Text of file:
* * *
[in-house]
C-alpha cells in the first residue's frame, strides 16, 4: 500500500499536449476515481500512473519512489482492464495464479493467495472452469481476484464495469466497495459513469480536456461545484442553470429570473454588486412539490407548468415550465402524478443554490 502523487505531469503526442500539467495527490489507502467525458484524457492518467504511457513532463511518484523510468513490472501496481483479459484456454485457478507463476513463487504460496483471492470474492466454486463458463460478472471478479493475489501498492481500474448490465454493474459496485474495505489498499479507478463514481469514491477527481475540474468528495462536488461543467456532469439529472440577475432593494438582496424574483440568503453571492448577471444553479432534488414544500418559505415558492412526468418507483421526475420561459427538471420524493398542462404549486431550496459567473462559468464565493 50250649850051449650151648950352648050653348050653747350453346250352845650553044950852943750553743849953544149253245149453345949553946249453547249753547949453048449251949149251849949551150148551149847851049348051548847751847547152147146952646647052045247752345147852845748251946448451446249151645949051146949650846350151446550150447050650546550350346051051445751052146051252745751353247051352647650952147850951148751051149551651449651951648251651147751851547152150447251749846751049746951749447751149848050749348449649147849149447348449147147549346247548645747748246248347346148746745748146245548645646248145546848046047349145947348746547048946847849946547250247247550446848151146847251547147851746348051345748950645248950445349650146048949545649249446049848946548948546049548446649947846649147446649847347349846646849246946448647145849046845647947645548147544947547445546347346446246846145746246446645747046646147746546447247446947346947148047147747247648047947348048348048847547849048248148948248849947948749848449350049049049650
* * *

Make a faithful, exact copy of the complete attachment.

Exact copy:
[in-house]
C-alpha cells in the first residue's frame, strides 16, 4: 500500500499536449476515481500512473519512489482492464495464479493467495472452469481476484464495469466497495459513469480536456461545484442553470429570473454588486412539490407548468415550465402524478443554490 502523487505531469503526442500539467495527490489507502467525458484524457492518467504511457513532463511518484523510468513490472501496481483479459484456454485457478507463476513463487504460496483471492470474492466454486463458463460478472471478479493475489501498492481500474448490465454493474459496485474495505489498499479507478463514481469514491477527481475540474468528495462536488461543467456532469439529472440577475432593494438582496424574483440568503453571492448577471444553479432534488414544500418559505415558492412526468418507483421526475420561459427538471420524493398542462404549486431550496459567473462559468464565493 50250649850051449650151648950352648050653348050653747350453346250352845650553044950852943750553743849953544149253245149453345949553946249453547249753547949453048449251949149251849949551150148551149847851049348051548847751847547152147146952646647052045247752345147852845748251946448451446249151645949051146949650846350151446550150447050650546550350346051051445751052146051252745751353247051352647650952147850951148751051149551651449651951648251651147751851547152150447251749846751049746951749447751149848050749348449649147849149447348449147147549346247548645747748246248347346148746745748146245548645646248145546848046047349145947348746547048946847849946547250247247550446848151146847251547147851746348051345748950645248950445349650146048949545649249446049848946548948546049548446649947846649147446649847347349846646849246946448647145849046845647947645548147544947547445546347346446246846145746246446645747046646147746546447247446947346947148047147747247648047947348048348048847547849048248148948248849947948749848449350049049049650